60 U.S. 16
19 How. 16
15 L.Ed. 592
WILLIAM A. SHAFFER, PLAINTIFF IN ERROR,
JAMES A. SCUDDAY.
December Term, 1856
THIS case was brought up from the Supreme Court of Louisiana by a writ of error issued under the 25th section of the judiciary act.
The case is fully stated in the opinion of the court.
It was argued by Mr. Benjamin for the plaintiff in error, and Mr. Taylor for the defendant.
Upon the question of jurisdiction, Mr. Benjamin’s point was as follows:
The Supreme Court of Louisiana decided, by a decree reversing the judgment of the District Court, that the Secretary of the Interior had no authority to make the decision revoking Scudday’s location, and held his title superior to Shaffer’s, who claimed under an entry made on the authority of the Secretary’s decision.
The case is therefore before the court under that clause of the 25th section of the judiciary act which empowers it to take appellate jurisdiction from the highest State courts, where ‘is drawn in question the validity of an authority exercised under the United States, and the decision is against the validity,’ and is fully within the principles decided in Chouteau v. Eckhart, 2 Howard, 344.
The sole question in the cause, then, is, whether the Secretary had authority to decide, and did rightly decide, that Scudday’s location was null, and must be revoked.
This is hardly an open question in this court.
The 8th section of the act of 1841, under which Scudday claims, directs the locations to be made on ‘any public and, except such as is or may be reserved from sale by any law of Congress.’
This court has decided in the cases above cited, and particularly in that in 15 Howard, that the act of 1841 vested no present title in the State of Louisiana, but was a mere authority to enter lands in the same manner as individuals could enter them; and that the entry under a location made by virtue of a State warrant, and backed by a State patent, did not confer the fee in the land, which is only divested by a patent issued by the United States.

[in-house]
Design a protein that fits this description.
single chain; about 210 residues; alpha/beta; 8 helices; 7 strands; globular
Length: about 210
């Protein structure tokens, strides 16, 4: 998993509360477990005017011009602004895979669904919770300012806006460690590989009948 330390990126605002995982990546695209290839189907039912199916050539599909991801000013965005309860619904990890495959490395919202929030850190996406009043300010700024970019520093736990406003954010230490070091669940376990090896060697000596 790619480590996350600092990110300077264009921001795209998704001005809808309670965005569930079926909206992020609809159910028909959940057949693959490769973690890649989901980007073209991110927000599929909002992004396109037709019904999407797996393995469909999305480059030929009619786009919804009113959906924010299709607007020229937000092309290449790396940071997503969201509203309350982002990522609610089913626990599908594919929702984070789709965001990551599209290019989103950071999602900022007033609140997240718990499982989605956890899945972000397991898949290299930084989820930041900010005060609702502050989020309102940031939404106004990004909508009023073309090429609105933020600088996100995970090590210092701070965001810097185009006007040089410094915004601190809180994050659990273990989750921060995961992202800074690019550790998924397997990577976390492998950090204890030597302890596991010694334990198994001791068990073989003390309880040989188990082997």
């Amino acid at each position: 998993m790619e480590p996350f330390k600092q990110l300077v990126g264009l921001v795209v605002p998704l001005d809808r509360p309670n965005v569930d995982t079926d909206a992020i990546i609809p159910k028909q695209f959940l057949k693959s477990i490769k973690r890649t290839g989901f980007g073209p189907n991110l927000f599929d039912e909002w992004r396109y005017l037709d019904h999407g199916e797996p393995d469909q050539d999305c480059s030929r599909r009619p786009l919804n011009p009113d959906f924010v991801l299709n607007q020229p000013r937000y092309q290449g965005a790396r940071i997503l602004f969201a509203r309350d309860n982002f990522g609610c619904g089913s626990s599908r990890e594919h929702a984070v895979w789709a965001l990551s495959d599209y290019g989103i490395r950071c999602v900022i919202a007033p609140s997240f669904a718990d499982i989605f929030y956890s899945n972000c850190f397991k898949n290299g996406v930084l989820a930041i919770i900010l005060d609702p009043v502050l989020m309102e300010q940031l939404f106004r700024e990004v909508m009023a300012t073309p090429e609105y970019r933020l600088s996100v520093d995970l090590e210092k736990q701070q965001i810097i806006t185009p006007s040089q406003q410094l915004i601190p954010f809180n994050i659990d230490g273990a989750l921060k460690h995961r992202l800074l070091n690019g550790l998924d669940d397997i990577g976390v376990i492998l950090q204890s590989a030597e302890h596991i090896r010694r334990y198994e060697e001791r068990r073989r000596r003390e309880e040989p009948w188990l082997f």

Now, although the Secretary of the Interior approved the location, he did so under the mistaken supposition that the land was ‘public land,’ whereas, in point of fact, Congress had already conveyed title to it by the grant in the swamp-land law of 1849.
Before any patent was issued by the United States, therefore, Scudday’s entry was revoked under the authority which has been universally conceded to exist in the offices of the Land Office, since the decision of this court, made thirty years ago, and never subsequently called in question. Chotard v. Pope, 12 Wheaton, 587.
The case may be summed up in few words, as follows:
1st. Shaffer claims title under a grant made by statute of the United States, vesting the fee in him as fully as a patent would, if issued directly to him. Strother v. Lucas, 12 Peters, 454; Chouteau v. Eckhart, 2 Howard, 344.
2d. Scudday claims under an inchoate title from the United States, not only still incomplete, but which it is impossible ever to render complete, and his title has been erroneously preferred by the Supreme Court of Louisiana, only because he holds a patent from the State.
But no State authority can confer a right in land sufficient to eject a patentee under the United States. Bagnell v. Broderich, 13 Peters, 436.
Mr. Taylor objected to the jurisdiction of this court, upon the following ground:
1. By reference to the decision of the Supreme Court of Louisiana, it will be seen that the question raised as to the construction of the act of 1849 was not decided by the court. The court expressly said that they did ‘not consider it necessary to decide that question.’ ‘The construction of the act of 1849, by the Secretary of the Interior, may be strictly correct, and yet it does not follow that the location of a warrant, under the internal-improvement law of 1841, which had been approved by the proper department of the Government, and for which a patent had been subsequently issued by the State, could be revoked, so as to destroy the title conferred by the patent. The question would have been different, if, after the passage by Congress of the act of 1849, the United States had granted the land away from the State of Louisiana. Such was not the case; and as both the acts of 1834 and of 1849 were grants of land to the State, we cannot go behind the patent which the State has granted.’ From this it is clear that there was no decision against the validity of a treaty or statute of, or an authority exercised under, the United States, &c., &c., in the highest court of Louisiana; and that inasmuch as no error can be assigned or regarded as a ground of reversal, other ‘than such as apears on the face of the record, and immediately respects the questions of validity or construction,’ &c., therefore, there was no right to a writ of error in this case, and that the case must be dismissed for want of jurisdiction. 1 Statutes at Large, p. 85, sec. 25; Almonester v. Kenton, 9 Howard, 1.